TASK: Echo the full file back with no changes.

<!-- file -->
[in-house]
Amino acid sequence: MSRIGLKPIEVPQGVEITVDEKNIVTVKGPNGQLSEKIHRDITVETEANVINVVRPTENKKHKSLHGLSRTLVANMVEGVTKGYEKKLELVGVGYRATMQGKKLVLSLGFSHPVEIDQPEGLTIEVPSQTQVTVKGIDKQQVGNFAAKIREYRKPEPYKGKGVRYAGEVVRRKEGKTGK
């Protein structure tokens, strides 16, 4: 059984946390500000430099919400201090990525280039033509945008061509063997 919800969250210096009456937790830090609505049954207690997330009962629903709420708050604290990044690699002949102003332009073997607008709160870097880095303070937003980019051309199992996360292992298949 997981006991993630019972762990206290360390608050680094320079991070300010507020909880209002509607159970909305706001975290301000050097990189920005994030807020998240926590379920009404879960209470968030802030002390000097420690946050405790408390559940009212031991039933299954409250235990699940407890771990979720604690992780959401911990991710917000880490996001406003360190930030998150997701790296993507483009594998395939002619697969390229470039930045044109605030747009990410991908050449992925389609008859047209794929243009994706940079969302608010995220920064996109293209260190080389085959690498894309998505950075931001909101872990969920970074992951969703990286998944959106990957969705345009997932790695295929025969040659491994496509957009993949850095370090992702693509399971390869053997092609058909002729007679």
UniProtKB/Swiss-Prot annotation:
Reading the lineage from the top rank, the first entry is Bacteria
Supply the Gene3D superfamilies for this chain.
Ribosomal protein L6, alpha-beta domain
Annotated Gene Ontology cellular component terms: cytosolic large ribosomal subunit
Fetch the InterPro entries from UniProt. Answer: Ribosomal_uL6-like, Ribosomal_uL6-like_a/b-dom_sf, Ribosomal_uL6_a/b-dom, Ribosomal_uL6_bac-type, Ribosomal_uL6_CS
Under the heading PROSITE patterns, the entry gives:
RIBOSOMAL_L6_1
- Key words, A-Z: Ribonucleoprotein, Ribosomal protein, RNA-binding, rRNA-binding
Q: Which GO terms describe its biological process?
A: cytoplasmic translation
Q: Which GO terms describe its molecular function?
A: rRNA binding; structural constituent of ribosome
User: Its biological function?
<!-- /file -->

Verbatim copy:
[in-house]
Amino acid sequence: MSRIGLKPIEVPQGVEITVDEKNIVTVKGPNGQLSEKIHRDITVETEANVINVVRPTENKKHKSLHGLSRTLVANMVEGVTKGYEKKLELVGVGYRATMQGKKLVLSLGFSHPVEIDQPEGLTIEVPSQTQVTVKGIDKQQVGNFAAKIREYRKPEPYKGKGVRYAGEVVRRKEGKTGK
């Protein structure tokens, strides 16, 4: 059984946390500000430099919400201090990525280039033509945008061509063997 919800969250210096009456937790830090609505049954207690997330009962629903709420708050604290990044690699002949102003332009073997607008709160870097880095303070937003980019051309199992996360292992298949 997981006991993630019972762990206290360390608050680094320079991070300010507020909880209002509607159970909305706001975290301000050097990189920005994030807020998240926590379920009404879960209470968030802030002390000097420690946050405790408390559940009212031991039933299954409250235990699940407890771990979720604690992780959401911990991710917000880490996001406003360190930030998150997701790296993507483009594998395939002619697969390229470039930045044109605030747009990410991908050449992925389609008859047209794929243009994706940079969302608010995220920064996109293209260190080389085959690498894309998505950075931001909101872990969920970074992951969703990286998944959106990957969705345009997932790695295929025969040659491994496509957009993949850095370090992702693509399971390869053997092609058909002729007679």
UniProtKB/Swiss-Prot annotation:
Reading the lineage from the top rank, the first entry is Bacteria
Supply the Gene3D superfamilies for this chain.
Ribosomal protein L6, alpha-beta domain
Annotated Gene Ontology cellular component terms: cytosolic large ribosomal subunit
Fetch the InterPro entries from UniProt. Answer: Ribosomal_uL6-like, Ribosomal_uL6-like_a/b-dom_sf, Ribosomal_uL6_a/b-dom, Ribosomal_uL6_bac-type, Ribosomal_uL6_CS
Under the heading PROSITE patterns, the entry gives:
RIBOSOMAL_L6_1
- Key words, A-Z: Ribonucleoprotein, Ribosomal protein, RNA-binding, rRNA-binding
Q: Which GO terms describe its biological process?
A: cytoplasmic translation
Q: Which GO terms describe its molecular function?
A: rRNA binding; structural constituent of ribosome
User: Its biological function?